7/16/2017 Plant Wisely

Ordinary Time (Proper 10)
Genesis 25:19–34; Psalm 119:105–112; Romans 8:1–11; Matthew 13:1–9, 18–23

Every year my wife and I drive to Omaha, Nebraska, from our home just east of Kansas City, Missouri, for my annual appointment at the Nebraska Medical Center where I had my two liver transplants 16 years ago. We take our camping trailer and stay for a few days at a wonderful state park between Omaha and Lincoln. It’s not just about sitting down with my doctor and discussing health/medical issues. Naturally, the trip brings back a rush of memories from two of the most difficult months of my life. We also think of the two unknown donor families, whose loved ones died, most likely under tragic circumstances. I don’t know any of those details and probably never will. And so, there’s an emotional component to this trip, as well.

We follow pretty much the same route each year: north on Interstate 29 through the northwest corner of Missouri, cross over into southwestern Iowa for a few miles, then head westward across the Missouri River into Nebraska heading for Mahoney State Park. We will seee a lot of cornfields on our journey. At this point it could well be another bumper year for corn. We’ve already received considerable rainfall this summer, and if much more falls in coming weeks there could easily be a return of flooding. We’ve witnessed that, too, in previous years. Mother Nature can be fickle–and sometimes ferocious. I’m not sure how much of the corn we will see may end up as food for humans or animals and how much will be turned into ethanol (that’s probably a discussion for another blog posting anyway).

Even as someone who grew up in the Midwest and has certainly never been a stranger to the sight of vast acreages growing corn, I am always struck by the awesomeness of hundreds, perhaps thousands in some cases, of acres of land under cultivation with a single crop. Of course, I’m fully aware of the enormous costs undertaken by farmers for seed, chemical fertilizers, and giant equipment to plant, harvest, and transport to grain elevators.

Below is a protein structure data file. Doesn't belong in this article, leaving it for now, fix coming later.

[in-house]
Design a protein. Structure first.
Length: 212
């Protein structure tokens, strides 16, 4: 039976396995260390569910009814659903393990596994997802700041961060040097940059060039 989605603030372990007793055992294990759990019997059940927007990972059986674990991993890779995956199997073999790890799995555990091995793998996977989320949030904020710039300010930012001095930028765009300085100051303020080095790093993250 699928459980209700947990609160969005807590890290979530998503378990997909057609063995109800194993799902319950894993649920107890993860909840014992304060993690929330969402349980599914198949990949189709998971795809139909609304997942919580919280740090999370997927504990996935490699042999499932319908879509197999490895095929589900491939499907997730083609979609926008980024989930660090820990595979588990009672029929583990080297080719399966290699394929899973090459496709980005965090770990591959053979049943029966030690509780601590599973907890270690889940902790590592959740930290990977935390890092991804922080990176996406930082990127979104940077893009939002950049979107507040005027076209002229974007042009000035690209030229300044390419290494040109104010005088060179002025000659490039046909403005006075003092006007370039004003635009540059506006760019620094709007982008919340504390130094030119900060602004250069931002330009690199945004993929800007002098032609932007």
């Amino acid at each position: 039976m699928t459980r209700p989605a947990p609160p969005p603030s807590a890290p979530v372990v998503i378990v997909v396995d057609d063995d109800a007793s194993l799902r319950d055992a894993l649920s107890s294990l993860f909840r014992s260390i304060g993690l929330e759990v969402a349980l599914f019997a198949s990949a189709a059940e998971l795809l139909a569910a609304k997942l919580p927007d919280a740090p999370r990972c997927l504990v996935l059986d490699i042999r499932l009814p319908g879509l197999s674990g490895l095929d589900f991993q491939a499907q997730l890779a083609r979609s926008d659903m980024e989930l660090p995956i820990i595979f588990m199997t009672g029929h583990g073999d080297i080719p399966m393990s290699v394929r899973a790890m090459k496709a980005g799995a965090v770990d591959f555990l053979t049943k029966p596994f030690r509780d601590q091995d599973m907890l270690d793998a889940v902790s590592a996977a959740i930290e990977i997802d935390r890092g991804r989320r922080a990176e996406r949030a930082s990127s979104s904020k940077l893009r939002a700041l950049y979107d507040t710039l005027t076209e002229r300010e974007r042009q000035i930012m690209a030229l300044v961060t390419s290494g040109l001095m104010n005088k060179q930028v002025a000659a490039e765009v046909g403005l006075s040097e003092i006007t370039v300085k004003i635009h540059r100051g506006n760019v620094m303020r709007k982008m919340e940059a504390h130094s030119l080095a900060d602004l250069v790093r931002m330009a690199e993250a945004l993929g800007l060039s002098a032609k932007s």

All these images swirl in my mind as I read this week’s Gospel lection. Jesus’ parable of the sower is arguably his most well-known. Most likely, the allegorical explanation that comes a little later in chapter 13 was added by a later commentator rather than Jesus’ own work.  It’s perhaps good to keep in mind a certain wariness about turning any of the Gospel parables into allegories, if for no other reason than to do so tends to limit the possibilities for deeper meaning. And let’s be honest here: Jesus was all about deeper meanings.

The Sower by Vincent van Gogh

That same day Jesus went out of the house and sat beside the sea. Such great crowds gathered around him that he got into a boat and sat there, while the whole crowd stood on the beach. And he told them many things in parables, saying: “Listen! A sower went out to sow. And as he sowed, some seeds fell on the path, and the birds came and ate them up. Other seeds fell on rocky ground, where they did not have much soil, and they sprang up quickly, since they had no depth of soil. But when the sun rose, they were scorched; and since they had no root, they withered away. Other seeds fell among thorns, and the thorns grew up and choked them. Other seeds fell on good soil and brought forth grain, some a hundredfold, some sixty, some thirty. Let anyone with ears listen! –Matthew 13:1-9 NRSV